Raytheon Sues Great Britain for Funds over Terminated Contract

by: Matthew Potter
August 26, 2011

Category: Business Line, Companies, Contract Awards, Countries, development program, England, Events, IT, Protest, Raytheon, Restructuring, Services | RSS 2.0

In 2010 Raytheon’s (RTN) earnings were reduced due to the decision by the British Government to cancel a border security database program that the Massachusetts based company had been contracted to build for the European country. The contract had been awarded by the previous Labour government and had a goal of keeping track of everyone entering or leaving the country. In the first quarter of this year Raytheon took a charge of about $80 million due to winding down of this contract.

The contract was not a small one valued at over $1 billion and its cancellation was not only a blow to Raytheon’s bottom line but also to there ability to grow this area of their business. It was not a traditional area for the company and success here potentially would have led to much greater opportunities with other governments interested in investing in the same capability.

Now Raytheon has announced that they are suing the U.K. for over $750 million due to unlawful termination and for damages. If they are successful they will recover most of the money they were due to gain by carrying out the contract.

In the United States contracts may be terminated for two reasons: cause and needs of the government. If for cause which is usually non-performance then the contractor is not guaranteed any money related to the termination but these are negotiated. If for needs of the government then termination costs must be paid. Normally these are identified up front so the government will know what they are and usually are based on buying material, paying for work not billed yet and for shutting down facilities.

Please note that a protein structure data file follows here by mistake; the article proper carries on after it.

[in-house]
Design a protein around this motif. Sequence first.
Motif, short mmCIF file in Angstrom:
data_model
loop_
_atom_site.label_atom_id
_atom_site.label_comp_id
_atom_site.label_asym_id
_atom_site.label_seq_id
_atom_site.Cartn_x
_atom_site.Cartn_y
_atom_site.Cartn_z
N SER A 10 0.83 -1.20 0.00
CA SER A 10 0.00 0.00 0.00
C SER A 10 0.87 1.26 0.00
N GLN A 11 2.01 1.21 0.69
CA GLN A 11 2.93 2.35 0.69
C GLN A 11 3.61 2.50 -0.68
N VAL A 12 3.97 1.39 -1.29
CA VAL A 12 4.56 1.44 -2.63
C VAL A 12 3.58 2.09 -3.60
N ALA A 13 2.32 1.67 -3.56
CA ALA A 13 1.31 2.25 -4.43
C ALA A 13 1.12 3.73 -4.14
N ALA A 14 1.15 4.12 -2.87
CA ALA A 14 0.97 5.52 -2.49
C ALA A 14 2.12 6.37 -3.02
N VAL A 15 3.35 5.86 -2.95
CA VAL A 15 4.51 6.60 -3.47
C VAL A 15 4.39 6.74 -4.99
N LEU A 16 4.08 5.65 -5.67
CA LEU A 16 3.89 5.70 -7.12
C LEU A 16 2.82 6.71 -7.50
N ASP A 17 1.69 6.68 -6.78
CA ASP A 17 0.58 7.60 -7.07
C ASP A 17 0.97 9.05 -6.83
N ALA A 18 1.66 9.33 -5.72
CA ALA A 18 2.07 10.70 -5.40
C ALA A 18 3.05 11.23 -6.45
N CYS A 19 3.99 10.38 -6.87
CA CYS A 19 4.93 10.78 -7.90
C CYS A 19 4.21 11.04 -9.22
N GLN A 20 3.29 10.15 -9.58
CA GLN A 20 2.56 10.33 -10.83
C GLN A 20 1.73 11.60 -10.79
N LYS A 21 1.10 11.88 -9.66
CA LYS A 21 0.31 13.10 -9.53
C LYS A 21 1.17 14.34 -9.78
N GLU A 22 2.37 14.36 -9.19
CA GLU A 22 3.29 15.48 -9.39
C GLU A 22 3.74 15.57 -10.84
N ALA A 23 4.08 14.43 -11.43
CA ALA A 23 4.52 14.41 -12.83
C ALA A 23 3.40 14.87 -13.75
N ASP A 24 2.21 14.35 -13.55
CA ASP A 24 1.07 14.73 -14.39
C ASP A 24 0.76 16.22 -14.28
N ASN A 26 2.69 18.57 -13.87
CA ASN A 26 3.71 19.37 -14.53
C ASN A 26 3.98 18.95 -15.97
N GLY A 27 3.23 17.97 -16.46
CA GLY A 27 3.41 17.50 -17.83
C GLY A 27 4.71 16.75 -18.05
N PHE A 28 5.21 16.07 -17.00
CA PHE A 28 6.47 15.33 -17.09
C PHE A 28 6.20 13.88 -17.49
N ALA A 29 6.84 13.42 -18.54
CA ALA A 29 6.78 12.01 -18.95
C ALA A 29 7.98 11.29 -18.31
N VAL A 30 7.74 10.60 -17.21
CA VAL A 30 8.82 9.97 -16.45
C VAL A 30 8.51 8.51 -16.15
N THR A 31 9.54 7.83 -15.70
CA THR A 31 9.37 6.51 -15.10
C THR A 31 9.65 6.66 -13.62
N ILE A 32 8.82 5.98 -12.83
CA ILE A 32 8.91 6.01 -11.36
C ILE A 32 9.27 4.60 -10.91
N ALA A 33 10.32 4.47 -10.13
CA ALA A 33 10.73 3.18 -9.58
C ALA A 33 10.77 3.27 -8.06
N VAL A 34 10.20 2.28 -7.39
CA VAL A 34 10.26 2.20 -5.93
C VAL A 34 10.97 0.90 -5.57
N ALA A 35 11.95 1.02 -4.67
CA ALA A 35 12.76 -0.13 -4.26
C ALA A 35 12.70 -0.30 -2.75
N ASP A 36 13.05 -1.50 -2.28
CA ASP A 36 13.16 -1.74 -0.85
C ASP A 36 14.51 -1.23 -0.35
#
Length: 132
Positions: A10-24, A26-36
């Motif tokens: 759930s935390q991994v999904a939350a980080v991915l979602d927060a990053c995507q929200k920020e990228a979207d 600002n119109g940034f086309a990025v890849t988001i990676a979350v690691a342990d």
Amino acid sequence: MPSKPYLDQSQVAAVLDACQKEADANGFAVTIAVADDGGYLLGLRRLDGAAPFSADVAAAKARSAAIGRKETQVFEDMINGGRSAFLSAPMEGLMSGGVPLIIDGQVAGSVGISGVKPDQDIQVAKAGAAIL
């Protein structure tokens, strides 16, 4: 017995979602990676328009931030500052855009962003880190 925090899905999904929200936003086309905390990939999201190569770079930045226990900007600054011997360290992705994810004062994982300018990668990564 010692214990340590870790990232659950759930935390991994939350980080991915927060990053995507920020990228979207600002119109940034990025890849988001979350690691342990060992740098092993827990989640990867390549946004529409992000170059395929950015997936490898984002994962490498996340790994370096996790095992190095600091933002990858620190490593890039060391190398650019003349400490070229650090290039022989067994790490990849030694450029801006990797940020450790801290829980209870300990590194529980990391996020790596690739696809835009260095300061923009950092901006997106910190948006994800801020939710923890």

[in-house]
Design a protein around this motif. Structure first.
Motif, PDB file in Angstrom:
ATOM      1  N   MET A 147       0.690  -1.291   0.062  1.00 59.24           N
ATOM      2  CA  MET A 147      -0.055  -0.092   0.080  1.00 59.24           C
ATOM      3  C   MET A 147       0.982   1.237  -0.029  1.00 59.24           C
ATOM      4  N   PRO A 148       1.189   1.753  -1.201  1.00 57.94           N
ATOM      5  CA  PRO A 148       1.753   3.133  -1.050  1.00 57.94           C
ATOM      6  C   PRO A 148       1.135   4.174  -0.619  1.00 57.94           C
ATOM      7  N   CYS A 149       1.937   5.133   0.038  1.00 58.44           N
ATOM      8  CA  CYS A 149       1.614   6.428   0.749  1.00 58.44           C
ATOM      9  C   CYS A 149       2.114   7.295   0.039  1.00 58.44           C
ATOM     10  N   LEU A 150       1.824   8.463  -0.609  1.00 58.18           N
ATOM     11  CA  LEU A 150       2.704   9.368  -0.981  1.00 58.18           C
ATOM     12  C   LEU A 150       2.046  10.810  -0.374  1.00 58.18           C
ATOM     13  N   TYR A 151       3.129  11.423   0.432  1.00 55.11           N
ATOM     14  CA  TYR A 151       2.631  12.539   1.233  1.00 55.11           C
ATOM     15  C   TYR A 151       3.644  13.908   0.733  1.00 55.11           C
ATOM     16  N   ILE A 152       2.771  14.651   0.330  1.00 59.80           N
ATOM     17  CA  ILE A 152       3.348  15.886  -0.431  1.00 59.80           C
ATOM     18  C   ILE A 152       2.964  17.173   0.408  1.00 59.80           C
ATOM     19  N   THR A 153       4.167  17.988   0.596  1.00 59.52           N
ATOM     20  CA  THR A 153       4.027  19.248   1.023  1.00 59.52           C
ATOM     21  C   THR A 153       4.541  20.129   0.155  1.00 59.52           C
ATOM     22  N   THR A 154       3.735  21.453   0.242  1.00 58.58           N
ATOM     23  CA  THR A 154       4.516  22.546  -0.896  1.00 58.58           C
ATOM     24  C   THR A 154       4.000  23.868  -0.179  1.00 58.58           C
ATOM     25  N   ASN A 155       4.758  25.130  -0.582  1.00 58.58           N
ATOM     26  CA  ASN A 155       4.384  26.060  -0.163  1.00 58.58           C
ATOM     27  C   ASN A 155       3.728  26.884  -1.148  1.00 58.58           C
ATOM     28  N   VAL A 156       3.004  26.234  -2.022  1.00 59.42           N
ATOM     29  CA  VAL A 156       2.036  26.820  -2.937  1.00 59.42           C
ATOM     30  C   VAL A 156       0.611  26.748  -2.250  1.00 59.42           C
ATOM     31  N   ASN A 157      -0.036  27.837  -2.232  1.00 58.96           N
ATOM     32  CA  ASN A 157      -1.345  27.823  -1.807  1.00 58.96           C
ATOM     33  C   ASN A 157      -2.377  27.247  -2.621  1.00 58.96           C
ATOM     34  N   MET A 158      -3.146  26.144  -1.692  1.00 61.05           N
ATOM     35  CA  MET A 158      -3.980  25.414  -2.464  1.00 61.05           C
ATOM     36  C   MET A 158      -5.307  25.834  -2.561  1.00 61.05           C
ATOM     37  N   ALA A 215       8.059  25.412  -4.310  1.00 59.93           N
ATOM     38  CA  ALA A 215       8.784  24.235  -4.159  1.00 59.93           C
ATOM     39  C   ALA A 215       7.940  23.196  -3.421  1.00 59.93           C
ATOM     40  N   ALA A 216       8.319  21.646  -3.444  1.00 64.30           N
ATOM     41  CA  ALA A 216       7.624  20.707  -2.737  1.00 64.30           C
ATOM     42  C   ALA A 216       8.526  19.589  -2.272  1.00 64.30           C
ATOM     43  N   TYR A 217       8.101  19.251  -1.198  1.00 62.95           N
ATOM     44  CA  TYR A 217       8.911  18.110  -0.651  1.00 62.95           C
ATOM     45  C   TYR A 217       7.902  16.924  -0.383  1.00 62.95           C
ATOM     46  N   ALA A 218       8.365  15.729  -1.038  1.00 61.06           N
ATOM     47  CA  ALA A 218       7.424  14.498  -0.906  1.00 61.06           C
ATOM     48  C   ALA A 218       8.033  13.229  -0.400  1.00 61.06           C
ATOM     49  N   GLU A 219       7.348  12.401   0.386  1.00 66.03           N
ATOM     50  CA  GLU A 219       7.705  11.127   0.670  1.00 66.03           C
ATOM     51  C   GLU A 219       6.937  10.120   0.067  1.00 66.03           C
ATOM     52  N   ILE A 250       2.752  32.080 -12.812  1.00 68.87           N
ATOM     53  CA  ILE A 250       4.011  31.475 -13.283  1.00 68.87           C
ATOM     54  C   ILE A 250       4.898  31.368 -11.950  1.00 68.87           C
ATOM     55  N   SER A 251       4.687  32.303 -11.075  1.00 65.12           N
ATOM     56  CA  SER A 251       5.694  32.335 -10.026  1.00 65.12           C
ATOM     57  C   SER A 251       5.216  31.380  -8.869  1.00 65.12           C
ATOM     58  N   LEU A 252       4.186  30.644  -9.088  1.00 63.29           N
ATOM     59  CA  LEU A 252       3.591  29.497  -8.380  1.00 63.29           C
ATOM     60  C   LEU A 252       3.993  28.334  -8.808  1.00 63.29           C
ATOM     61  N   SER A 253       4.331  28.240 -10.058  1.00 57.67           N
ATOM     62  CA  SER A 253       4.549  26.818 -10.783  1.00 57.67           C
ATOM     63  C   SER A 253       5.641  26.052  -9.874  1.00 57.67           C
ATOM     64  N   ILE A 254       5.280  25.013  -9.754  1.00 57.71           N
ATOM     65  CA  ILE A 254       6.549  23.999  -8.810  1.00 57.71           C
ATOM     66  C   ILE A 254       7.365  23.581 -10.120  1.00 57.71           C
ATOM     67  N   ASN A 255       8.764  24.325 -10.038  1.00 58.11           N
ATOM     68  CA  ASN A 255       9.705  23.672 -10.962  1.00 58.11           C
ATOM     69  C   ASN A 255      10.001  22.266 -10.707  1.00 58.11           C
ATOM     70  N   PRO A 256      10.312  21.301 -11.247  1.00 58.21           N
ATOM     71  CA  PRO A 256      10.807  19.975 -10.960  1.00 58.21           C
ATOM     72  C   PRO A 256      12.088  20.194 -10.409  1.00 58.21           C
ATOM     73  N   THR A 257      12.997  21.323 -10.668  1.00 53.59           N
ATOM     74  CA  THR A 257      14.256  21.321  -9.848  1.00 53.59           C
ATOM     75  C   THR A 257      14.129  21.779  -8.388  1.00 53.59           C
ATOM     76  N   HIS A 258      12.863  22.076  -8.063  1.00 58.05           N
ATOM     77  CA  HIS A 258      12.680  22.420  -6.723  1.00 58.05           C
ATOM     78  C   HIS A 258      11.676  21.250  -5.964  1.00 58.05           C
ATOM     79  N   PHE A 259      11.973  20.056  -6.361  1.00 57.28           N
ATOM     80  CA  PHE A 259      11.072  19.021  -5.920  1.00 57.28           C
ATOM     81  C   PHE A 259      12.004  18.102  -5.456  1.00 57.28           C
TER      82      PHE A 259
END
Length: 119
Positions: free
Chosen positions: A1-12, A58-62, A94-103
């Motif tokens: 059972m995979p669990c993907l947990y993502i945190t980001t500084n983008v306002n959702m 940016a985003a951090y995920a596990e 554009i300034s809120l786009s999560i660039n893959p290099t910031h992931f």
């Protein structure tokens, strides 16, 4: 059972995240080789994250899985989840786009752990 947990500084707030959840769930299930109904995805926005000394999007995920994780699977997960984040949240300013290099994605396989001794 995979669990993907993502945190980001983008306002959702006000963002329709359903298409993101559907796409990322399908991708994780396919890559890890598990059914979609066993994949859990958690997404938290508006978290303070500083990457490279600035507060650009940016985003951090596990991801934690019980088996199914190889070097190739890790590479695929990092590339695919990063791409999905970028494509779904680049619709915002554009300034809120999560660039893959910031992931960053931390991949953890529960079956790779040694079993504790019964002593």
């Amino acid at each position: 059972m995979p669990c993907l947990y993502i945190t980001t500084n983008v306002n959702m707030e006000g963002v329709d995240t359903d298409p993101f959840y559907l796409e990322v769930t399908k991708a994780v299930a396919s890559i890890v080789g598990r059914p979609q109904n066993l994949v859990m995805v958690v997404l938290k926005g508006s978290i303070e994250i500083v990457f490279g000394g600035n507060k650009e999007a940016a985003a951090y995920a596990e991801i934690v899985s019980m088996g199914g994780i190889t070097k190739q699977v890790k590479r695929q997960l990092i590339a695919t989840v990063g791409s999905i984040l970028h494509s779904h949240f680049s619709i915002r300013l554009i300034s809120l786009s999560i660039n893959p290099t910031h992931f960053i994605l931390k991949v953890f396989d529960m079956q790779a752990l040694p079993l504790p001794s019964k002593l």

In this case Raytheon is claiming unlawful termination and is due damages. The company’s believes that there product met the U.K.’s requirements as they were aware of them and thus they were performing. They said the customer was not clear on the requirements and it would be hard to claim they were non-performing when they had not metrics to measure against.

If Raytheon wins some or all of this money it will clearly help there future revenue in the short term. Obviously the suit will be first cleared by a Court or arbitrator and then the damages calculated. It could still be zero if the ruling body agrees with the U.K. government or it could be some amount up to $750 million.

No company likes to lose a contract especially if they feel they lost it for the wrong reasons. This is why there is a protest process and suits like this. The end result will most likely be a negotiated settlement unless the U.K. can prove that Raytheon clearly understood the contract’s requirements and metrics.

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